What Will The Post-Pandemic IT Infrastructure Look Like?
IT and security teams face new challenges associated with the trajectory of IT infrastructure as organizations prepare for a new normal coming out of the pandemic. In a short time, the pandemic has established a new operating model for many organizations.
Modern IT infrastructure is becoming highly diverse and dynamic, leaving many IT and security teams with a growing complexity problem. The rapid shift to remote work has further exacerbated the problem, leaving many IT and security teams blind to the personal networks and devices powering their remote workers.
Digital transformation initiatives have also accelerated the use of modern cloud operating models, as businesses seize the opportunity to engage digitally within this new standard. Managing and securing this increasingly complex environment begins with a basic understanding of the individual IT assets involved in operating the business. From core business applications to productivity and collaboration tools, security teams must consider every part of the IT infrastructure.
Collectively, these assets represent an attack surface that must be protected against an ever-expanding threat landscape used by cyber-criminals to compromise infrastructure and carry out malicious activities. When IT and security teams lack visibility into any part of their attack surface, they lose the ability to meet security and operational objectives, putting the business at risk.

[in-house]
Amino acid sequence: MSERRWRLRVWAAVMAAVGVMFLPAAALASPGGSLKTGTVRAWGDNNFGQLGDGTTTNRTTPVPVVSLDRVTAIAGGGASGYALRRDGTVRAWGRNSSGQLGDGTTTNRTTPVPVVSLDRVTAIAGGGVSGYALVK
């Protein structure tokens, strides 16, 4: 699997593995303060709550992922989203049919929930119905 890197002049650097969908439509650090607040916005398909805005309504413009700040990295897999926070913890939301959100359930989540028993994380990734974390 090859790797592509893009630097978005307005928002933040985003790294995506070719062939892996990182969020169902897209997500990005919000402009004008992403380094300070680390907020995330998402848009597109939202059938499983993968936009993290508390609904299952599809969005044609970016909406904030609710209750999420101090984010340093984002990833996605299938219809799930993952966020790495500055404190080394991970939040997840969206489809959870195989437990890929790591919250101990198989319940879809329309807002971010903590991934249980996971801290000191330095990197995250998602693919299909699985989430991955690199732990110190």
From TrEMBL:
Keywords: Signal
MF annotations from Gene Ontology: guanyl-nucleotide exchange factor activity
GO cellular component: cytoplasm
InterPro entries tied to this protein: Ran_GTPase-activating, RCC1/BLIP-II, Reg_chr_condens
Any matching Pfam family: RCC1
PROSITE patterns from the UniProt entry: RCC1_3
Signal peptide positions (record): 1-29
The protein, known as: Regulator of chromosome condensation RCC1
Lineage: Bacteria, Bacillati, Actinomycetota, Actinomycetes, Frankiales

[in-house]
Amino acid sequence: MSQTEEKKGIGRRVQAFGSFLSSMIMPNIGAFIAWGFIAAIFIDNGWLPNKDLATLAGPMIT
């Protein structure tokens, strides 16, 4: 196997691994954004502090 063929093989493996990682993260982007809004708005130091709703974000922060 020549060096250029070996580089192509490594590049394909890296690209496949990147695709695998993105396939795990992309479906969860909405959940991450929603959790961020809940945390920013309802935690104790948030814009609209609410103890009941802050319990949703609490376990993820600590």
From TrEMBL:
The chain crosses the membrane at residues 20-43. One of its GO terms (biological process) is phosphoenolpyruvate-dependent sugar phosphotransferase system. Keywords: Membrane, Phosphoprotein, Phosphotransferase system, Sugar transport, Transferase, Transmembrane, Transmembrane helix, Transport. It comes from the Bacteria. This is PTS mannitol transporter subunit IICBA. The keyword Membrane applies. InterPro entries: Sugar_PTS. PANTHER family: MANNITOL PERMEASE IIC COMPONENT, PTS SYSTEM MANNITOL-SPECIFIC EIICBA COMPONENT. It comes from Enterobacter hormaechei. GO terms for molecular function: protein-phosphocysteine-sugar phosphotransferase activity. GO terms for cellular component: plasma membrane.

While the move to the public cloud was already well underway, the pandemic further accelerated the use of cloud-delivered productivity and collaboration tools while motivating businesses to expedite digital transformation initiatives, widely leveraging public cloud infrastructure.
These trends have spread data across a wide variety of infrastructure, multiple cloud service providers, and numerous SaaS applications, creating new complexity in securing and managing data privacy for critical data assets.
When IT and security teams lack understanding about where critical data assets reside, they cannot protect critical assets and uphold regulatory compliance laws.
Security Considerations for Cloud-Native Applications
Developers are under pressure to build and ship applications faster than ever and update applications frequently through automated processes. Corporations are now deploying applications developed on containers straight into production, managing them with orchestration tools such as Kubernetes, and running them in the cloud.
As a result, productivity increases, but so does the risk. Striking a balance between speed and security requires a strategy to proactively address cloud-native security requirements with developers and the operations team to ensure protection is built into the software development lifecycle. That allows an organization to detect security issues earlier in the development lifecycle without slowing down the whole works.